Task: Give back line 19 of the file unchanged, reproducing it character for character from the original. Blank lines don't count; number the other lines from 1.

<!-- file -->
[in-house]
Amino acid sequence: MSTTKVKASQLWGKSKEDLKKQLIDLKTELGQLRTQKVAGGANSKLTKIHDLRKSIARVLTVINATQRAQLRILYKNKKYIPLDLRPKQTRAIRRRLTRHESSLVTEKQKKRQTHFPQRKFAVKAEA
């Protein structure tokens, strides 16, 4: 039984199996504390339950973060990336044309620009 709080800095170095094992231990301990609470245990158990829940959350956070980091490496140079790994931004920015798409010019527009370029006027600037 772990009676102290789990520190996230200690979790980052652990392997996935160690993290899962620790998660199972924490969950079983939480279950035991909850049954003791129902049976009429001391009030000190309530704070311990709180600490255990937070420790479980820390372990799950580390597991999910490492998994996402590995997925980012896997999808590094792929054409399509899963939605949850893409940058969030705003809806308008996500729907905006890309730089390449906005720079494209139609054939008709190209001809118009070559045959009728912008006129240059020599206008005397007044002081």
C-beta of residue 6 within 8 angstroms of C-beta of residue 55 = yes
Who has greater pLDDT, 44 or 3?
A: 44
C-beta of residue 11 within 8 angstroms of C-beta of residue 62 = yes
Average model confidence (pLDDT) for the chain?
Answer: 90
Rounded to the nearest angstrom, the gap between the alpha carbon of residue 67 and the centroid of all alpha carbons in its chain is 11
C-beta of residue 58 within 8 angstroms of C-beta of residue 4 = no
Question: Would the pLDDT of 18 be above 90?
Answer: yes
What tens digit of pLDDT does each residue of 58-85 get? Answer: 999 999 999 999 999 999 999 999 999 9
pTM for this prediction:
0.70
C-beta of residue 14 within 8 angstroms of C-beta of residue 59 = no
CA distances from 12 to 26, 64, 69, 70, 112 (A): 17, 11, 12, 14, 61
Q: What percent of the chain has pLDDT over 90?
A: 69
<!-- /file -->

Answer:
Q: What percent of the chain has pLDDT over 90?